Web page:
INDIAN HEAD, Md. – The line from student to teacher to administrator was not straight forward for Tammika Little, vice-principal at Henry E. Lackey High School. But if she had to connect the dots, her career path might have started to take shape when she was a child.

“I always said I was going to be a doctor. But I used to play in school when I was growing up. I was rounding up my dolls, my cousins, and doing spelling tests,” Little said. “I guess the circle is complete. I just didn’t know that at the time.

It would take a run in the great outdoors coupled with advice and encouragement from friends and colleagues to help Little find his way.

Little was recently named the 2022 Charles County Public Schools (CCPS) Vice Principal of the Year. Before coming to Lackey, Little was an assistant principal at Benjamin Stoddert Middle School, before moving on to John Hanson Middle School. Prior to becoming an administrator, she was a grade seven language arts teacher and a gifted education resource teacher.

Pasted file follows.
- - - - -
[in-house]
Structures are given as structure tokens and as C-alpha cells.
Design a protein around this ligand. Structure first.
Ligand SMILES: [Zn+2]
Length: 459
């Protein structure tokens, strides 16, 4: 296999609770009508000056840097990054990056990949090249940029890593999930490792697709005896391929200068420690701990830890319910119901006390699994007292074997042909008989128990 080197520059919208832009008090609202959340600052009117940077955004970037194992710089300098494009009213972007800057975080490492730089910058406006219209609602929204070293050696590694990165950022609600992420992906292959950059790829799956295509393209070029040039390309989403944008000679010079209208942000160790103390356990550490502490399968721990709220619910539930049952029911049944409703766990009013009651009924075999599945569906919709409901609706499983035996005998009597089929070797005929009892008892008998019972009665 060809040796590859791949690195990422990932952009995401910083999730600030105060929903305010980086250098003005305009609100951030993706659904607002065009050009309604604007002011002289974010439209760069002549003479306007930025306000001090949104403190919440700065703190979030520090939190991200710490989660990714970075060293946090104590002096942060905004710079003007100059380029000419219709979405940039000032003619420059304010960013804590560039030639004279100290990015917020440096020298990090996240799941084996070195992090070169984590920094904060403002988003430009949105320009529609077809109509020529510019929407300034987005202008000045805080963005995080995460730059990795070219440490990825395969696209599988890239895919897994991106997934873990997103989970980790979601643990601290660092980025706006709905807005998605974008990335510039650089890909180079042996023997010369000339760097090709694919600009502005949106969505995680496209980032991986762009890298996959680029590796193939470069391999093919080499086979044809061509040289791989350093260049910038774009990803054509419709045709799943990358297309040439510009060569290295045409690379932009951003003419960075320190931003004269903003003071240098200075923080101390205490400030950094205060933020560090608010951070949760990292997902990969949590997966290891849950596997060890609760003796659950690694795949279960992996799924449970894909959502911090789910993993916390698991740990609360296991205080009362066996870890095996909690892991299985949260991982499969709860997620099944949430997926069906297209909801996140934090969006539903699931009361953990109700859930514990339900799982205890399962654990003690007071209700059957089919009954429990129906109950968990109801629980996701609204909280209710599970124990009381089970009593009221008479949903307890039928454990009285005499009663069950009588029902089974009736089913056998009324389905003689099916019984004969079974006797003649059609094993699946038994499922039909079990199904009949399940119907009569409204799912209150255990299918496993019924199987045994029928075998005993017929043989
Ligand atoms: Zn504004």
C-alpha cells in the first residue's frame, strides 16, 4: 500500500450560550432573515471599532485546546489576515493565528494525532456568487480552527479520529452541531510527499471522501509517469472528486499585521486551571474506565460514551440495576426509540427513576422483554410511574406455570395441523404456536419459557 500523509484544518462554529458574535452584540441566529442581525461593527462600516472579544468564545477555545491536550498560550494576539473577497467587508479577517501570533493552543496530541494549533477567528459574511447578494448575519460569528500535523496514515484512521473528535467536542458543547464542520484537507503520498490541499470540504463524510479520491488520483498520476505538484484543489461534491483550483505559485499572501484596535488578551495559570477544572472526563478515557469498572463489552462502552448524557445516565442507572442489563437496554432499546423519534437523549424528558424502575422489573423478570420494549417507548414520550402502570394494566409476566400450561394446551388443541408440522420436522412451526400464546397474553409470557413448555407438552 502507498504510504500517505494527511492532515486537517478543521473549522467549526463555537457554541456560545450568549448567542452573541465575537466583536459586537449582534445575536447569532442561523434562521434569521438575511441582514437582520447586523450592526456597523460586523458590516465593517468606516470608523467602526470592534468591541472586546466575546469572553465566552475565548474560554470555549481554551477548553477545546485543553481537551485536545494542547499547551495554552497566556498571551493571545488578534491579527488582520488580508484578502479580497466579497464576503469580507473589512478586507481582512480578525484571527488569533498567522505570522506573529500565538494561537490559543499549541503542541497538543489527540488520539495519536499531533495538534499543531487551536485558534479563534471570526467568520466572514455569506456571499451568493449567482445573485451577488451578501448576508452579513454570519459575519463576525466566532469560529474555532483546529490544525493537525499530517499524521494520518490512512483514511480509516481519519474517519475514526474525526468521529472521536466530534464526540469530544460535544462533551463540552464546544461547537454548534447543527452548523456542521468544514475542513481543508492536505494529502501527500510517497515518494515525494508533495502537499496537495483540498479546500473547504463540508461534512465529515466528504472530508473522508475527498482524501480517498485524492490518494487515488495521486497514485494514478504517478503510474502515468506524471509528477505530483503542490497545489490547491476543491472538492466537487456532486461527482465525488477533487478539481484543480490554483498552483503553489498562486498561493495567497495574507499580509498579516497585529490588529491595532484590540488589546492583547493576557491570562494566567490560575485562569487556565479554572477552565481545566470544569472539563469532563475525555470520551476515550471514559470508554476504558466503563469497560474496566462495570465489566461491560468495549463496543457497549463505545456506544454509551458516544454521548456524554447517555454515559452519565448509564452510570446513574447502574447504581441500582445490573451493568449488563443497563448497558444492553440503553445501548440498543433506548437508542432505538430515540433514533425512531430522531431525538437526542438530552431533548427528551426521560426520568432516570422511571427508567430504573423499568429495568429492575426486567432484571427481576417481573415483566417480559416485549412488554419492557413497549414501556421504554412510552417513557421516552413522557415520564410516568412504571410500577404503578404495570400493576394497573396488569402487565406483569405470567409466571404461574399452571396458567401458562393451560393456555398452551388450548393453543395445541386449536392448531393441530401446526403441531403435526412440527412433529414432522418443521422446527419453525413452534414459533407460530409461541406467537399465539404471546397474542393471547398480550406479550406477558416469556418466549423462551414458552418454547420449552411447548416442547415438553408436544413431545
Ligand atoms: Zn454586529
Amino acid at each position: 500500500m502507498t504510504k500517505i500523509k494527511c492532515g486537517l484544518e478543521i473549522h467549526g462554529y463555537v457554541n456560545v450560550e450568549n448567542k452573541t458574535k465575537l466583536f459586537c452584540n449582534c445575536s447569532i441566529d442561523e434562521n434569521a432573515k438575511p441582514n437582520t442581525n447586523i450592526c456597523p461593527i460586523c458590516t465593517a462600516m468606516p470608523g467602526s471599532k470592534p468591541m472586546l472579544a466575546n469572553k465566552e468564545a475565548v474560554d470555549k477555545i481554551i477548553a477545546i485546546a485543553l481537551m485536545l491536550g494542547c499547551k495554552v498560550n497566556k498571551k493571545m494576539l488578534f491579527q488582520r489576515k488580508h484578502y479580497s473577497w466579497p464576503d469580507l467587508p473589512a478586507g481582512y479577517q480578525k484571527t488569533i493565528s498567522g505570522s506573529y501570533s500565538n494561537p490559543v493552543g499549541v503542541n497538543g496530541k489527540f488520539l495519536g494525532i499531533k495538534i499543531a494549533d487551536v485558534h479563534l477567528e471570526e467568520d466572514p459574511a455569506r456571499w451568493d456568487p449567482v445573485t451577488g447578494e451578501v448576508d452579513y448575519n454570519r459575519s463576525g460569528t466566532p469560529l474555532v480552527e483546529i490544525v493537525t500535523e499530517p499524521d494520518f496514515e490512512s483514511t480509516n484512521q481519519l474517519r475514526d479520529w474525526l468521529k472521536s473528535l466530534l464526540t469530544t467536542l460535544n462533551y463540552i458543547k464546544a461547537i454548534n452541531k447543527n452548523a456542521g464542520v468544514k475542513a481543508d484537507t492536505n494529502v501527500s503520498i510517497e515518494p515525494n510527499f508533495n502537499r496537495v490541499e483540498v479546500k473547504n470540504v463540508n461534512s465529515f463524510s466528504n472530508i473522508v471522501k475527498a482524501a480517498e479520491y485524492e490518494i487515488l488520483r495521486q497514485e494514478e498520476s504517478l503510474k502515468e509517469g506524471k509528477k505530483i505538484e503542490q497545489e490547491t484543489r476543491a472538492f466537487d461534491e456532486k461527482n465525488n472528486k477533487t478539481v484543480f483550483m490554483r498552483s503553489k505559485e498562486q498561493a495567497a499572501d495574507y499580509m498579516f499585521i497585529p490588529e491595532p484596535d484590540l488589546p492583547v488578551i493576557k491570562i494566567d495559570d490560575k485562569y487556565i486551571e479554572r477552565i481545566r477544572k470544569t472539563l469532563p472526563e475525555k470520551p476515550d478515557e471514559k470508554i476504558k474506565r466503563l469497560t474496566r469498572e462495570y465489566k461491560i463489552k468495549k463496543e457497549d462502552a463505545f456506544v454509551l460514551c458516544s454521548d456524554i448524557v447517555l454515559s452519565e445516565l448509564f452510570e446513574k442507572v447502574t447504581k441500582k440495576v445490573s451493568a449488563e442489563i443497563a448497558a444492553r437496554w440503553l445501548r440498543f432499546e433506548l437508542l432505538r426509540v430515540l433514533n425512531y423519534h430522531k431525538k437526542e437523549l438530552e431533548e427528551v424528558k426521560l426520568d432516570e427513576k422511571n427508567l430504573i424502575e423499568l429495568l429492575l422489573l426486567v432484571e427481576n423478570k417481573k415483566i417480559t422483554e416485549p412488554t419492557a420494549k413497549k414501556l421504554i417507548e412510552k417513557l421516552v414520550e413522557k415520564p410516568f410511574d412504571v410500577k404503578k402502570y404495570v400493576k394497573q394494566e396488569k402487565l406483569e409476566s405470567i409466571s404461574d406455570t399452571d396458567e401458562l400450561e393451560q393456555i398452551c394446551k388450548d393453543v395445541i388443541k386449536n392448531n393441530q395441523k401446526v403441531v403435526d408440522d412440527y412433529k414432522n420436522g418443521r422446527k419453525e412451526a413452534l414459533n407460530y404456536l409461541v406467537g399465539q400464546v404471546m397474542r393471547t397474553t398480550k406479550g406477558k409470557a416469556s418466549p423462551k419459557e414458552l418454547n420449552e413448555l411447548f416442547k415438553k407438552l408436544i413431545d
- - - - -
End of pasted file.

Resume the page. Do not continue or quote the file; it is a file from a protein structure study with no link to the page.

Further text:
Little graduated in English from Fayetteville State University in her home state of North Carolina. Little was a biology major in the pre-med track when she entered college. When she found herself driving through the woods to take a botany class, she had a change of heart. Little is the first to admit that she’s not “out there.”

“I am a country girl,” she says. “But I’m a country girl who sat in the screened porch. I don’t like insects,” she says. At the same time as she was questioning her decision about pre-med, Little was taking a poetry elective and found herself more engaged and interested in dissecting paragraphs than insects. This led her to switch from biology to English. “I have to do what I love,” Little recalled, telling himself. It’s advice she believes in, but when discussing the future with students, she adds a caveat. “What I would say to kids now is, ‘Yeah, you have to do what you love.’ There’s nothing wrong with that, but you also have to be able to eat,” she said.